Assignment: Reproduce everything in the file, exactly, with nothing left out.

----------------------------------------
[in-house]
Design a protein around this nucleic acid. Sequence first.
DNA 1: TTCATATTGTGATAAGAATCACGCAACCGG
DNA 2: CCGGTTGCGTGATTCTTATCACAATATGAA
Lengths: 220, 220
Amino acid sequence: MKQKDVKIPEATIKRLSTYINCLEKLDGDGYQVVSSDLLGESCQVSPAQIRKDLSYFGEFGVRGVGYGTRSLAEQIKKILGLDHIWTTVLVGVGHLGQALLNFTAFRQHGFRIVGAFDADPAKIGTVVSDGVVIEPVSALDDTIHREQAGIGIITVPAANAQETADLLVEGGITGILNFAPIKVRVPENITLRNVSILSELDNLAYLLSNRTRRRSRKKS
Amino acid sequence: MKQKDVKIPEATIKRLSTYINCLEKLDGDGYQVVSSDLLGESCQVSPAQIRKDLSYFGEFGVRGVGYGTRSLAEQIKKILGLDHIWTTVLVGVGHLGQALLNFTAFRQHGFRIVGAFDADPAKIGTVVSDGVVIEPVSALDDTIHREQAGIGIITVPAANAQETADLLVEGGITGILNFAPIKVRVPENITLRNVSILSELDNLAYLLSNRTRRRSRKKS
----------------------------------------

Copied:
[in-house]
Design a protein around this nucleic acid. Sequence first.
DNA 1: TTCATATTGTGATAAGAATCACGCAACCGG
DNA 2: CCGGTTGCGTGATTCTTATCACAATATGAA
Lengths: 220, 220
Amino acid sequence: MKQKDVKIPEATIKRLSTYINCLEKLDGDGYQVVSSDLLGESCQVSPAQIRKDLSYFGEFGVRGVGYGTRSLAEQIKKILGLDHIWTTVLVGVGHLGQALLNFTAFRQHGFRIVGAFDADPAKIGTVVSDGVVIEPVSALDDTIHREQAGIGIITVPAANAQETADLLVEGGITGILNFAPIKVRVPENITLRNVSILSELDNLAYLLSNRTRRRSRKKS
Amino acid sequence: MKQKDVKIPEATIKRLSTYINCLEKLDGDGYQVVSSDLLGESCQVSPAQIRKDLSYFGEFGVRGVGYGTRSLAEQIKKILGLDHIWTTVLVGVGHLGQALLNFTAFRQHGFRIVGAFDADPAKIGTVVSDGVVIEPVSALDDTIHREQAGIGIITVPAANAQETADLLVEGGITGILNFAPIKVRVPENITLRNVSILSELDNLAYLLSNRTRRRSRKKS